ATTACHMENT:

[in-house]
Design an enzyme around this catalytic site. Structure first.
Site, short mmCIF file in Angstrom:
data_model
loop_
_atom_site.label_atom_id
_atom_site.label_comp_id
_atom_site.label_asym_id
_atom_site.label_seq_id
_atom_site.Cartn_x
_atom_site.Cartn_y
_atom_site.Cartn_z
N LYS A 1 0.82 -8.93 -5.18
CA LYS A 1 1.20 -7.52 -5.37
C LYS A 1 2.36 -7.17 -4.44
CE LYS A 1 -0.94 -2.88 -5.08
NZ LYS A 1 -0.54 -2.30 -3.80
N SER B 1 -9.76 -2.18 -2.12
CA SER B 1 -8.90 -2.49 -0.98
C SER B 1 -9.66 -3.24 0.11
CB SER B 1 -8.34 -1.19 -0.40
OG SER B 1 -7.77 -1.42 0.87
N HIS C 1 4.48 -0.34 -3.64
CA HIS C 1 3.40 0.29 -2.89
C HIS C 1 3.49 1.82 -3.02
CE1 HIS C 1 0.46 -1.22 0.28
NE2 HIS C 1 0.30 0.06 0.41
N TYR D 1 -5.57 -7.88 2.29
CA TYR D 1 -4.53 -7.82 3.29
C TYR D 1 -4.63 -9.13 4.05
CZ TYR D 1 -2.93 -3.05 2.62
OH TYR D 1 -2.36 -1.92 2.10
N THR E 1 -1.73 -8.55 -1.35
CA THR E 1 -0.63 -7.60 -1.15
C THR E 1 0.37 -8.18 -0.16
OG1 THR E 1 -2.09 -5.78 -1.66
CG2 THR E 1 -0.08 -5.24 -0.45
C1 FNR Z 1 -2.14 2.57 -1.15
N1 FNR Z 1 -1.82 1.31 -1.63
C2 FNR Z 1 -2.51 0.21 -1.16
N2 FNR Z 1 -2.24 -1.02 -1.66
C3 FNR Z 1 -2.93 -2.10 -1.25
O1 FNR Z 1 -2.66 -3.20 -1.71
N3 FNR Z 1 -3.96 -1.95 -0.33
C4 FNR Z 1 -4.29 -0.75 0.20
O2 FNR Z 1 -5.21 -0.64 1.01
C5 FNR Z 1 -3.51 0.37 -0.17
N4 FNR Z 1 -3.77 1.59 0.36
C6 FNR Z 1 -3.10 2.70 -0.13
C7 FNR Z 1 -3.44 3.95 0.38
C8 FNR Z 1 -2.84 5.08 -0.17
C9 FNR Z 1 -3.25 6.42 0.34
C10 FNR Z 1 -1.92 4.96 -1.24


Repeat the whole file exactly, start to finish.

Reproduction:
[in-house]
Design an enzyme around this catalytic site. Structure first.
Site, short mmCIF file in Angstrom:
data_model
loop_
_atom_site.label_atom_id
_atom_site.label_comp_id
_atom_site.label_asym_id
_atom_site.label_seq_id
_atom_site.Cartn_x
_atom_site.Cartn_y
_atom_site.Cartn_z
N LYS A 1 0.82 -8.93 -5.18
CA LYS A 1 1.20 -7.52 -5.37
C LYS A 1 2.36 -7.17 -4.44
CE LYS A 1 -0.94 -2.88 -5.08
NZ LYS A 1 -0.54 -2.30 -3.80
N SER B 1 -9.76 -2.18 -2.12
CA SER B 1 -8.90 -2.49 -0.98
C SER B 1 -9.66 -3.24 0.11
CB SER B 1 -8.34 -1.19 -0.40
OG SER B 1 -7.77 -1.42 0.87
N HIS C 1 4.48 -0.34 -3.64
CA HIS C 1 3.40 0.29 -2.89
C HIS C 1 3.49 1.82 -3.02
CE1 HIS C 1 0.46 -1.22 0.28
NE2 HIS C 1 0.30 0.06 0.41
N TYR D 1 -5.57 -7.88 2.29
CA TYR D 1 -4.53 -7.82 3.29
C TYR D 1 -4.63 -9.13 4.05
CZ TYR D 1 -2.93 -3.05 2.62
OH TYR D 1 -2.36 -1.92 2.10
N THR E 1 -1.73 -8.55 -1.35
CA THR E 1 -0.63 -7.60 -1.15
C THR E 1 0.37 -8.18 -0.16
OG1 THR E 1 -2.09 -5.78 -1.66
CG2 THR E 1 -0.08 -5.24 -0.45
C1 FNR Z 1 -2.14 2.57 -1.15
N1 FNR Z 1 -1.82 1.31 -1.63
C2 FNR Z 1 -2.51 0.21 -1.16
N2 FNR Z 1 -2.24 -1.02 -1.66
C3 FNR Z 1 -2.93 -2.10 -1.25
O1 FNR Z 1 -2.66 -3.20 -1.71
N3 FNR Z 1 -3.96 -1.95 -0.33
C4 FNR Z 1 -4.29 -0.75 0.20
O2 FNR Z 1 -5.21 -0.64 1.01
C5 FNR Z 1 -3.51 0.37 -0.17
N4 FNR Z 1 -3.77 1.59 0.36
C6 FNR Z 1 -3.10 2.70 -0.13
C7 FNR Z 1 -3.44 3.95 0.38
C8 FNR Z 1 -2.84 5.08 -0.17
C9 FNR Z 1 -3.25 6.42 0.34
C10 FNR Z 1 -1.92 4.96 -1.24